A finer detail that explains its name, “chaos,” is that the state of “chaos” in any endeavor is one of four stages; chaos is not just chaos, but rather, a predictable state.

(2) Temperament says that people fall into a mix of four behaviors, namely: (a) aggressiveness (including impatience), (b) carefulness (including thoroughness), (c) advancing forward (including risk-taking), and (d) passivity (including human kindness). Each of us has pieces of all four temperaments, but most of us are strong in two and weak in the other two. Usually, an aggressive person does not understand a passive person; a risk-taker fails to appreciate the very cautious person – and vice versa.

When the personal temperaments are understood, one can hire the right person for the right job and keep them employed for decades, reducing staff turnover to almost nil. A company can have its employees understand those people are different from themselves and they will realize that no task can reach successful completion without the application of all four. “I need that other guy that I used to hate.”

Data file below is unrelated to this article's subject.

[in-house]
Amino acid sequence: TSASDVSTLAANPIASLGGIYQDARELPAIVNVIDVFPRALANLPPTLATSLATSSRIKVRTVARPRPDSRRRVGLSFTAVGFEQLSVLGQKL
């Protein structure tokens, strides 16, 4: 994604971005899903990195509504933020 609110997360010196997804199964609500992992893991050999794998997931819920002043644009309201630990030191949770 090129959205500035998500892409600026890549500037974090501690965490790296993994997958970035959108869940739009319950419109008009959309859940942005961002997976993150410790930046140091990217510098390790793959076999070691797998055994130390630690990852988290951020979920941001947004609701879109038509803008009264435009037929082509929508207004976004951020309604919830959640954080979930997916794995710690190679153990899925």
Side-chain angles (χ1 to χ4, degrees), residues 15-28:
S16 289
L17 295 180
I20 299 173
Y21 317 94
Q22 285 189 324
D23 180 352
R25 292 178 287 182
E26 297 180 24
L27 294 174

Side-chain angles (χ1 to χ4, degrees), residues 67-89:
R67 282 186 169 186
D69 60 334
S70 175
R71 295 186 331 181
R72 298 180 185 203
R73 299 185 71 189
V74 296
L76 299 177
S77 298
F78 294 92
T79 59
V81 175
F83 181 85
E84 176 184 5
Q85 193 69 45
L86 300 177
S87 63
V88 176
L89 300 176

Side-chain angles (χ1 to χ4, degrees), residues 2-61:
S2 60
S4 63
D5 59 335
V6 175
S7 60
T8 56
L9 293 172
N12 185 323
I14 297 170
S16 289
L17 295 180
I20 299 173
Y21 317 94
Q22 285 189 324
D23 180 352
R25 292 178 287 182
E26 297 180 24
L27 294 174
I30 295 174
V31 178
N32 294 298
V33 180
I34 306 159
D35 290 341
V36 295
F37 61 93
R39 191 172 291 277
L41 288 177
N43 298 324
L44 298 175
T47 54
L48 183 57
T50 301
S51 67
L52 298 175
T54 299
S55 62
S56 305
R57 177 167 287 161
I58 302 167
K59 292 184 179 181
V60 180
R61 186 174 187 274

(3) Need Priorities of humans, first outlined by Maslow in 1943, has been toyed with, by our observations, to list the order of how humans will react to situations. Survival and Procreation (sex) are #1 and #2, respectively. For example, if, while meeting a need for sex (procreation), you are confronted by a threat (say, a live hand grenade), sex will be overridden by the higher need to survive. “Control” comes in at a strong #3, as noted on the chart that follows. Everyone wants control over their own situation and only sex and survival are more important. When control is not allowed, people sulk, overreact, and reduce their cooperation significantly – children, adults, and seniors. People who have control over their own situations are not only happier, but more productive.

  • Survival (amygdala)
  • Sex
  • Control
  • Self-actualization (getting results)
  • Self-esteem (self-confidence)
  • Belonging (friendship)
  • Security (employment, health, property)
  • Physiological (breathing, heartbeat, excretion)

(4) Amygdala You will have noticed that at the very top of the chart lies our need for survival. The two amygdala glands in our brains equip us to fully respond to any threat very quickly so that we can live another